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Anticancer Supplement from a Pig’s Milk

Posted August. 25, 2005 02:59,   


A Korean research team created the world’s first cloned pigs that produce “anticancer supplementary” milk.

Professor Park Chang-sik (59) at the Research Center for the Creation of Transgenic Cloned Pigs at Chungnam National University announced its success on August 24. “In cooperation with MGenbio, a biotechnology firm, we made transgenic cloned pigs that secrete granulocyte macrophage colony stimulating factor (GM-CSF) in its milk. GM-CSF is used as a supplement to treat cancer,” he said.

The researchers have been helped by the Ministry of Science and Technology and the Korea Science and Engineering Foundation. A patent on the technology is pending in Korea.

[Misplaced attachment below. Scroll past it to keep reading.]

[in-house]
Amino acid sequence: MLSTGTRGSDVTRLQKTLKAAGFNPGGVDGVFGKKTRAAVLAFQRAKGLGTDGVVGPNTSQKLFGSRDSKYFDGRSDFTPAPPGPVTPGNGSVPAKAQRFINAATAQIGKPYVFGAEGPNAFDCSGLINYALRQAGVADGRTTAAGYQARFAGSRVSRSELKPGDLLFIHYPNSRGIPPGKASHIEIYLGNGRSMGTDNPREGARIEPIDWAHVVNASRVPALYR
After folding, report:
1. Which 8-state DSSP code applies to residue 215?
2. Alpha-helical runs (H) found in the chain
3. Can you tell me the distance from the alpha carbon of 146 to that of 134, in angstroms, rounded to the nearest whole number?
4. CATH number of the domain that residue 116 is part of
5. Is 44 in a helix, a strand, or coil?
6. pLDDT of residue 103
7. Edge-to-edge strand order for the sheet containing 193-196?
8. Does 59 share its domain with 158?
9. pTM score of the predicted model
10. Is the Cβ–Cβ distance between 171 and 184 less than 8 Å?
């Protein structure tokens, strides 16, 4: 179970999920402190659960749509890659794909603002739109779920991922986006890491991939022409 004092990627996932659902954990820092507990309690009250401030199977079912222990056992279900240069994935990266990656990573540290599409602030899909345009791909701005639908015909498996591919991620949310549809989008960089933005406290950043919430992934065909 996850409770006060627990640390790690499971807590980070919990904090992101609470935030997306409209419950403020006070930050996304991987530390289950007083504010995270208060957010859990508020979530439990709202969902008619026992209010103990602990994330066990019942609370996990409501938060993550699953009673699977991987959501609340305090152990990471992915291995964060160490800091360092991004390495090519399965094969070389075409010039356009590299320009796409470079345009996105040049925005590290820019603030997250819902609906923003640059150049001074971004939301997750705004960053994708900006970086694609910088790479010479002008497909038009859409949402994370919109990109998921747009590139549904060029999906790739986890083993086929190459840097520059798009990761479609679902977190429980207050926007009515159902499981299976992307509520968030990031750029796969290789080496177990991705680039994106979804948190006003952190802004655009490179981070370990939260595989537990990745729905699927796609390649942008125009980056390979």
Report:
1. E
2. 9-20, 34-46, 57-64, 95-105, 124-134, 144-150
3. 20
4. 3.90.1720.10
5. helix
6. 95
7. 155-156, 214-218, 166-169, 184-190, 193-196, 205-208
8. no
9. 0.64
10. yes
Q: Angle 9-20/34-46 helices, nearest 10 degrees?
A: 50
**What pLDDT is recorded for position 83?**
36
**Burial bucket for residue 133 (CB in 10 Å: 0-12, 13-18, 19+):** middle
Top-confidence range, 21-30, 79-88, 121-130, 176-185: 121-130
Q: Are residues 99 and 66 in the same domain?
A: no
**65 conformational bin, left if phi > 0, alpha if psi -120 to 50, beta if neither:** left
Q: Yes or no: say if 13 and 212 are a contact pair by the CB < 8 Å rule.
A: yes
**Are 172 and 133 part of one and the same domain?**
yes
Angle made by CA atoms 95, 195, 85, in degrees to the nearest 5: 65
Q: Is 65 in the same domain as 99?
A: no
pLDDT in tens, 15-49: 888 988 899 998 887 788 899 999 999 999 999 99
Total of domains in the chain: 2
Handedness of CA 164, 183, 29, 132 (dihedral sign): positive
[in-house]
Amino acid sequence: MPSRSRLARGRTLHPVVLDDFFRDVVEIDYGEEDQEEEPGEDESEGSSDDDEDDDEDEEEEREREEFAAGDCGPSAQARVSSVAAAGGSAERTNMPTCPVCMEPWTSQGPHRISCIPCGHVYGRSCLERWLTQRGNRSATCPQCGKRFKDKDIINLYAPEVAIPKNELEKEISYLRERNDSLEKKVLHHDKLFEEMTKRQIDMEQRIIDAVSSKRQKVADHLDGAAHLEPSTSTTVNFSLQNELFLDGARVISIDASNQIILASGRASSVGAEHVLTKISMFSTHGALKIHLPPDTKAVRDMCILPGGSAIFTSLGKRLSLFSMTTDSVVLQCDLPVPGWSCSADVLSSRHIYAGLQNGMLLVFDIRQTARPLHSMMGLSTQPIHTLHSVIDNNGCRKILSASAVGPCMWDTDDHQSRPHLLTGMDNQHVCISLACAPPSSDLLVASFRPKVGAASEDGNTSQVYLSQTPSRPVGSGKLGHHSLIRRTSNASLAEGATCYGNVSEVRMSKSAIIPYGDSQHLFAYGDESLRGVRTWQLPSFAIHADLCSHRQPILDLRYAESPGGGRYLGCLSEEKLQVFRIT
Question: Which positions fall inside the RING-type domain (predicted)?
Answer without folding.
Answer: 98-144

A small dose of GM-CSF is produced in the human body and this GM-CSF is a type of protein that stimulates the production of white blood cells. So it is used to make up for white blood cell shortages when treating leukemia, anemia and other diseases. The therapeutic proteinic medication is so expensive that only a gram of it costs $600,000.

According to the research team’s explanation, they planted a human GM-CSF gene into the body cells of Land Race pigs and then transplanted the cells into pig eggs with their nuclei removed to create cloned embryos. Finally, the researchers implanted the embryos into surrogate pigs. The result was the birth of four transgenic cloned pigs.

Professor Park said, “The genetic examination of the cloned pigs showed that they have GM-CSF in their body. After a year when they give birth to babies and produce milk, we will find out how much GM-CSF there is in the pigs’ milk.”

Park Gwang-wook, MGenbio president, offered his prediction, saying, “It will take more than 10 years to commercialize the technology by concluding the clinical demonstration and receiving an approval from the Korea Food and Drug Administration.”